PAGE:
It was reported Wednesday that US regulators are poised to announce a $500 million settlement with Google pertaining to longstanding charges related to advertisements for illegal online pharmacies.
According to published reports dating back to spring, the pharmacies that participated in Google ads “were operating outside the law, leading to a Department of Justice investigation into Google’s advertising practices.”
Tech Crunch confirmed in its coverage of the developing story that the federal investigation began in May when government officials first endeavored to determine how these “illegal ads” began turning up in Google’s search results.
“As we and others build new safeguards and guidelines, rogue online pharmacies always try new tactics to get around those protections and illegally sell drugs on the web,” Google openly acknowledged last September 21, 2010. “In recent years, we have noticed a marked increase in the number of rogue pharmacies, as well an increasing sophistication in their methods. This has meant that despite our best efforts—from extensive verification procedures, to automated keyword blocking, to changing our ads policies—a small percentage of pharma ads from these rogue companies is still appearing on Google.”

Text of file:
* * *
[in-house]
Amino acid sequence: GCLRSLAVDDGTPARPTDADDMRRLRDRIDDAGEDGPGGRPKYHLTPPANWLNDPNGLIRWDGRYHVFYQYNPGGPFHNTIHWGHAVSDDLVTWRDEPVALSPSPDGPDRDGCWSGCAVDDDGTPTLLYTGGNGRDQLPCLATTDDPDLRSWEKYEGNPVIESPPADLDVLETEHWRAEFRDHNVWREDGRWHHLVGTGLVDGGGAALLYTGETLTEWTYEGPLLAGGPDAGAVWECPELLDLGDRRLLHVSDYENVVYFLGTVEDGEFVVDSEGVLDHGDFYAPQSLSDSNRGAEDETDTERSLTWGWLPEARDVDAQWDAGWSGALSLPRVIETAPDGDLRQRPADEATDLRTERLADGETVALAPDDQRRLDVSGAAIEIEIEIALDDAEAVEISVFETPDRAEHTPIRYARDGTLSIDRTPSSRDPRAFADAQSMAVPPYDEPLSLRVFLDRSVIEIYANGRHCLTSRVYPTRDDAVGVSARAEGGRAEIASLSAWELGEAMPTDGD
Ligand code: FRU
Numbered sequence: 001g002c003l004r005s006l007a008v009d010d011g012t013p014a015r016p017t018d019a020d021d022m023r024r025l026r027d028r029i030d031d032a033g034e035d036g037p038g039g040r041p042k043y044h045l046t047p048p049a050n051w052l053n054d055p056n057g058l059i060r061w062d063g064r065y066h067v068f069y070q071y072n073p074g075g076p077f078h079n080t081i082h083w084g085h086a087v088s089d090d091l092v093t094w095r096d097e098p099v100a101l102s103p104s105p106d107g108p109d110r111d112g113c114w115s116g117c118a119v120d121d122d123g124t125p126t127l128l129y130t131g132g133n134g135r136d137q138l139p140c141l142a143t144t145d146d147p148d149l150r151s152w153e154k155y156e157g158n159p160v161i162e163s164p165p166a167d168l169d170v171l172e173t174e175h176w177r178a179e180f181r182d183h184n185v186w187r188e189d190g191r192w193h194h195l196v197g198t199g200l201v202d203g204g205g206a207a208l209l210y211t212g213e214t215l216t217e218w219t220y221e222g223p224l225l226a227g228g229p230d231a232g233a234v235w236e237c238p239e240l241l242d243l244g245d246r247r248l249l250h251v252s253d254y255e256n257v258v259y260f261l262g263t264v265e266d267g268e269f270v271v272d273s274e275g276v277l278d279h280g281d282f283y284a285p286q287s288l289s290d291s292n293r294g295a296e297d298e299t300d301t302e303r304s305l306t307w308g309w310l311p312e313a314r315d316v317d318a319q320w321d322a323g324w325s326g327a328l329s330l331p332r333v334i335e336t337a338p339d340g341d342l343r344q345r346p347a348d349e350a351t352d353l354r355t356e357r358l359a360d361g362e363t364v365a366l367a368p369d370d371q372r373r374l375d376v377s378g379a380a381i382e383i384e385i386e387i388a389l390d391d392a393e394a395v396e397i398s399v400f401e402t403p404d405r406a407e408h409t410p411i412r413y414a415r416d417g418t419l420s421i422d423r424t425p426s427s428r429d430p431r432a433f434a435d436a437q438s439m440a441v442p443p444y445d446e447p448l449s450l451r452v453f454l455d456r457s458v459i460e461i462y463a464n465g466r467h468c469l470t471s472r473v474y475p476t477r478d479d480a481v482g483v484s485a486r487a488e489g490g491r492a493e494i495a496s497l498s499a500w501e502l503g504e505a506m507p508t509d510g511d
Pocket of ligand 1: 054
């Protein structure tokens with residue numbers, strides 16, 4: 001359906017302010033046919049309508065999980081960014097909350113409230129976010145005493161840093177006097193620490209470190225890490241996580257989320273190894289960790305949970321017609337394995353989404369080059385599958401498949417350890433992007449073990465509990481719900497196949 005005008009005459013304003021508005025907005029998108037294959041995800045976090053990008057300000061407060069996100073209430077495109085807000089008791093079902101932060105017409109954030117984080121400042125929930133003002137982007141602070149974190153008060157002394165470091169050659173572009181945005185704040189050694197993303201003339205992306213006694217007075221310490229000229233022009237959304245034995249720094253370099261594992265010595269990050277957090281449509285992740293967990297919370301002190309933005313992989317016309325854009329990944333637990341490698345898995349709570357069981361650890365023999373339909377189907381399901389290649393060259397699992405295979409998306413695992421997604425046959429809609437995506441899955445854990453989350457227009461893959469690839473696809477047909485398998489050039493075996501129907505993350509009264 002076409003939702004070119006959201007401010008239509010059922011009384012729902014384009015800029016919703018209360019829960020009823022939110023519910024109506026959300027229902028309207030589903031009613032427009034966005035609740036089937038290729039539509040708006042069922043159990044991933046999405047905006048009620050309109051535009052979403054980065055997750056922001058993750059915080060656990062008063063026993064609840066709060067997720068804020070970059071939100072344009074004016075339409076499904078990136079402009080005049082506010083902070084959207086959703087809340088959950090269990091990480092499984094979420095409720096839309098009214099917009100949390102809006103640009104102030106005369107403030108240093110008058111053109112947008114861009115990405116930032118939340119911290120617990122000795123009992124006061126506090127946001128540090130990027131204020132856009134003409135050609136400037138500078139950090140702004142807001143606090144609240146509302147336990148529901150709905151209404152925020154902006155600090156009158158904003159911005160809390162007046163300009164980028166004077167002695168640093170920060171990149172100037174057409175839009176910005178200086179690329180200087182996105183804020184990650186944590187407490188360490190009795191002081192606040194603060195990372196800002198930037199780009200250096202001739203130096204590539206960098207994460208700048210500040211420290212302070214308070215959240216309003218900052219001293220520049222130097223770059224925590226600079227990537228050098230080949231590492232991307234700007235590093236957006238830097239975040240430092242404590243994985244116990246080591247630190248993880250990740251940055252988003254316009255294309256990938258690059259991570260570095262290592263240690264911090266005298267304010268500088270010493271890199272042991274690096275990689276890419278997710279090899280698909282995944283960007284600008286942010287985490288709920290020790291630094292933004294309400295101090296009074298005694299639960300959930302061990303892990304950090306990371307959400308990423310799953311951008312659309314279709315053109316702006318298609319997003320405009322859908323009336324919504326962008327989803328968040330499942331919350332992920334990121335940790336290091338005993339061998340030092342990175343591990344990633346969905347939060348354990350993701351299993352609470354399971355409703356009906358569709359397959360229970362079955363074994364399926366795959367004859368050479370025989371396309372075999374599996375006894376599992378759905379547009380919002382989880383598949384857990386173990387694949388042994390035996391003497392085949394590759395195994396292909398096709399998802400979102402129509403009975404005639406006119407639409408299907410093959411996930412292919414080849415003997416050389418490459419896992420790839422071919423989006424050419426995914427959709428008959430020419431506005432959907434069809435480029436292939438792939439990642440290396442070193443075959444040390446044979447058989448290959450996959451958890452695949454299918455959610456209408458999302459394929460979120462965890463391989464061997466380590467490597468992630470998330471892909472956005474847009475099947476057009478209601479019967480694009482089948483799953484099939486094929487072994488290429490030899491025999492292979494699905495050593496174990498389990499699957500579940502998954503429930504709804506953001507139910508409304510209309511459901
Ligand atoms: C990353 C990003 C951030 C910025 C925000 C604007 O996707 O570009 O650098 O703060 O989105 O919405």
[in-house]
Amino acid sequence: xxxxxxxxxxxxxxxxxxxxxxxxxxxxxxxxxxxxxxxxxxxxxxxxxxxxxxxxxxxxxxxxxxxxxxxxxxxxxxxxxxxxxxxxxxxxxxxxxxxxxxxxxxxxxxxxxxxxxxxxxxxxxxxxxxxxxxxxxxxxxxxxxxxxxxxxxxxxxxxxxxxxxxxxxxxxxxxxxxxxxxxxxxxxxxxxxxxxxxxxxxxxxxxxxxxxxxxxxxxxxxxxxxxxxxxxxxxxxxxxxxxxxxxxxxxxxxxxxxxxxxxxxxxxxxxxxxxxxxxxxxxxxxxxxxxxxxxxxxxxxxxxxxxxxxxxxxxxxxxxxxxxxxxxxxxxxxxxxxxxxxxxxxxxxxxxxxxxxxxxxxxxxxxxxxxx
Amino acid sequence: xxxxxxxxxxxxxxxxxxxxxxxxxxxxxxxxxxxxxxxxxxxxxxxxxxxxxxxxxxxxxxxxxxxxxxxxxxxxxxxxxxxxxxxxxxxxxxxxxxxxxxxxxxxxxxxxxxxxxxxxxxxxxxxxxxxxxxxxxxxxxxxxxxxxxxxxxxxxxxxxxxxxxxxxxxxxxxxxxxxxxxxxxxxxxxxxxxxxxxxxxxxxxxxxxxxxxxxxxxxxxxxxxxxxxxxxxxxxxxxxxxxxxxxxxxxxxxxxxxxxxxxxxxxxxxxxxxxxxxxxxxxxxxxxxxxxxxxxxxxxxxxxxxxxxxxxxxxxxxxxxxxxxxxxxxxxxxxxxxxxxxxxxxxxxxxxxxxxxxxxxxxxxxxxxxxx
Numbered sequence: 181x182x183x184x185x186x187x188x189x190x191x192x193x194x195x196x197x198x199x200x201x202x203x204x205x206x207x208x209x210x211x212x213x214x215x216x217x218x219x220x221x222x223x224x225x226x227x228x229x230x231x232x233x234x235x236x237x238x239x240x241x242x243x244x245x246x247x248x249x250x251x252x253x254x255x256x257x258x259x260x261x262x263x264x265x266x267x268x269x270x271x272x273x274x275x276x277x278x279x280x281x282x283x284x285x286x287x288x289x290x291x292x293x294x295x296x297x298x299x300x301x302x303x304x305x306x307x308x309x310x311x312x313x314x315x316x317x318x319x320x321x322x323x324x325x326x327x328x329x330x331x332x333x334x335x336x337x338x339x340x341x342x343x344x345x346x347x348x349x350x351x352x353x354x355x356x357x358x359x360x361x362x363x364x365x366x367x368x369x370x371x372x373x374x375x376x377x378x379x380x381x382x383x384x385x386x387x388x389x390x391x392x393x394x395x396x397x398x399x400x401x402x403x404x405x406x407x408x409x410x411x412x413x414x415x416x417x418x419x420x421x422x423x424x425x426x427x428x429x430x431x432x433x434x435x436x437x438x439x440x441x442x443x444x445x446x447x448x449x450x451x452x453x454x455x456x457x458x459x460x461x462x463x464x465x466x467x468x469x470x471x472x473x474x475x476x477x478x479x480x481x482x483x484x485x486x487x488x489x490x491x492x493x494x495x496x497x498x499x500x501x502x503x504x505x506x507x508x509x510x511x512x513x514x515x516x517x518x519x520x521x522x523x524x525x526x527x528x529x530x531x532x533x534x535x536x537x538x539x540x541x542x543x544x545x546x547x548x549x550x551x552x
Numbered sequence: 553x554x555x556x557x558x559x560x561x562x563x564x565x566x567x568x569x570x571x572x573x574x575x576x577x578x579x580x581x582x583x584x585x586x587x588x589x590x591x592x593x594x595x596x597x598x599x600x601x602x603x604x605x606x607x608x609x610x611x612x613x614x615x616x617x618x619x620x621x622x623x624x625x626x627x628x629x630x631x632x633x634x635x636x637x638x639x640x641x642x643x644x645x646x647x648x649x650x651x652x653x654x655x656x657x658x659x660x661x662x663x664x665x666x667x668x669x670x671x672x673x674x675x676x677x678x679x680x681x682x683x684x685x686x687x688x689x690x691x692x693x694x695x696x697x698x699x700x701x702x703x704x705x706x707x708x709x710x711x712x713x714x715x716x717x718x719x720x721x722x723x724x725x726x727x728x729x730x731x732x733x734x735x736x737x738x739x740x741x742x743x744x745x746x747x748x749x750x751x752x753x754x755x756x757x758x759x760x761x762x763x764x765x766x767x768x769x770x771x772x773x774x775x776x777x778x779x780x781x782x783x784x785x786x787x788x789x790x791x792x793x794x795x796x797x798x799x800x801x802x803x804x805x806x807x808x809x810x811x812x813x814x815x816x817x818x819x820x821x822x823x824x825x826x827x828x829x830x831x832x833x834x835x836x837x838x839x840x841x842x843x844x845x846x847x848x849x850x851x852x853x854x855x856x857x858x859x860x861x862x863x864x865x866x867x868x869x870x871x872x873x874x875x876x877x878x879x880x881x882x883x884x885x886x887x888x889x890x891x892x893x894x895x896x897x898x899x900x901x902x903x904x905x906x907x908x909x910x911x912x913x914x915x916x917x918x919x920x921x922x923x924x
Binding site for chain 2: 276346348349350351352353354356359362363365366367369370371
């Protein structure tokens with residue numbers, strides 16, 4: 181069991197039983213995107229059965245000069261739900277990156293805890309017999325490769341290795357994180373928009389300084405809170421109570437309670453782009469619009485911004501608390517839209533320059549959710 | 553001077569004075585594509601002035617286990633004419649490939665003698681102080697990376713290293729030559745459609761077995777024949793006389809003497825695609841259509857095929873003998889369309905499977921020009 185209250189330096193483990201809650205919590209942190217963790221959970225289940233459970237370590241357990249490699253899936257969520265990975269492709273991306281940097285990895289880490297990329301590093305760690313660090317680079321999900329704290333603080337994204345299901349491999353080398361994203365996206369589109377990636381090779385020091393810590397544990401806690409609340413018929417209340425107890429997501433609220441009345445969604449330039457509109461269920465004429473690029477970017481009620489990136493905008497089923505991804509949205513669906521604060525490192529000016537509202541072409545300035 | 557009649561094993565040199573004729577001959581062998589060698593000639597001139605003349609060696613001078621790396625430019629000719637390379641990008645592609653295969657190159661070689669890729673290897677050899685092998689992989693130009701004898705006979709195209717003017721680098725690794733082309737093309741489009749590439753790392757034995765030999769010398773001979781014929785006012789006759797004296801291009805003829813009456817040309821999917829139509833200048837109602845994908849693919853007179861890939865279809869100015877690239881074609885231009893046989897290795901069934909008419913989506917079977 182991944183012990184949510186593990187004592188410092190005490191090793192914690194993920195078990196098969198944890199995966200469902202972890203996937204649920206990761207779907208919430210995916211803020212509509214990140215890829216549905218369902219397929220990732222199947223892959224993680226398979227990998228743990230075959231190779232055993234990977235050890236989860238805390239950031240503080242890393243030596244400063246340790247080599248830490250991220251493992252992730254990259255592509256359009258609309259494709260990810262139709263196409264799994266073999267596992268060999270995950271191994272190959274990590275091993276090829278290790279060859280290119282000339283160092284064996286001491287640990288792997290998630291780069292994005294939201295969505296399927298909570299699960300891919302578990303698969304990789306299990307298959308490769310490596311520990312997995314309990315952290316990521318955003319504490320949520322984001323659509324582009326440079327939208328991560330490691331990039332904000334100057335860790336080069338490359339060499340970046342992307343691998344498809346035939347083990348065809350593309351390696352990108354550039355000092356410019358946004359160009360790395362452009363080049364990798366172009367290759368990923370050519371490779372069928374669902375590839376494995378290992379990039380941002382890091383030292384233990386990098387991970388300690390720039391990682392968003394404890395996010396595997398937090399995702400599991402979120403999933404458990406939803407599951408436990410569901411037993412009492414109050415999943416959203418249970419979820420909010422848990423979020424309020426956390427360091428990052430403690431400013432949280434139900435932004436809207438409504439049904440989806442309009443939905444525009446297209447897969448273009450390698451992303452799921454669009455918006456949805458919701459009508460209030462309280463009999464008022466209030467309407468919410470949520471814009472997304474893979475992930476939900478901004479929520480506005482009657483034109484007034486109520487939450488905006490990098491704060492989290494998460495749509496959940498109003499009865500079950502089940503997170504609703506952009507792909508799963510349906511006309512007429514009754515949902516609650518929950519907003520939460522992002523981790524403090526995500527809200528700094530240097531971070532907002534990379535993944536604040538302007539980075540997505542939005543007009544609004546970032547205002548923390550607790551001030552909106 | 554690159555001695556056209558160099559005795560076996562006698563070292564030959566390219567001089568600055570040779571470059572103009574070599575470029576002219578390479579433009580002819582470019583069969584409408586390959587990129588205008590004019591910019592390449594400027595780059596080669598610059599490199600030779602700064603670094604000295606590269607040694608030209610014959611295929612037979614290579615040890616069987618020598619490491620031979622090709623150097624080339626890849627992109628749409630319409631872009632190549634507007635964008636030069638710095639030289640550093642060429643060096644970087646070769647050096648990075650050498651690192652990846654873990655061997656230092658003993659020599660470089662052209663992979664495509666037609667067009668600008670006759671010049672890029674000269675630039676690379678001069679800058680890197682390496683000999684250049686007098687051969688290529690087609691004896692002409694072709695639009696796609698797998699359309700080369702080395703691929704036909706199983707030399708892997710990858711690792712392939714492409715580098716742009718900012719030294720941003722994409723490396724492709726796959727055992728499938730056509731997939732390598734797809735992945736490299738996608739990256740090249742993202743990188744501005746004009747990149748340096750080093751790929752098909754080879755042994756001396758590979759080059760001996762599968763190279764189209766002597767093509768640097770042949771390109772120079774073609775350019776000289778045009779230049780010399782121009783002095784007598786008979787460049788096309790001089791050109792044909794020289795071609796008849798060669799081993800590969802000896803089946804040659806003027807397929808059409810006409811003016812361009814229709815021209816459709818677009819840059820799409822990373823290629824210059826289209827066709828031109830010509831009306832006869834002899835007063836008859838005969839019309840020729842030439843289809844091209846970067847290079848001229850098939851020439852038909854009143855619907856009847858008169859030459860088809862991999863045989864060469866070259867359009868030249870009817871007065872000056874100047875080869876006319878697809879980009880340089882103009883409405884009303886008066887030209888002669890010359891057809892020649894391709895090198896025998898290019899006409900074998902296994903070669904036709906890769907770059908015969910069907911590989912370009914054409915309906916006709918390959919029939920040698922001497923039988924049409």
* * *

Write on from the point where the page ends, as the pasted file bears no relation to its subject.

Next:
The US Government, however, isn’t going to accept that anyone outside of Google can be held totally accountable. As a result, the feds appear to be holding Google responsible – a move that is going to cost Google a half-billion dollars.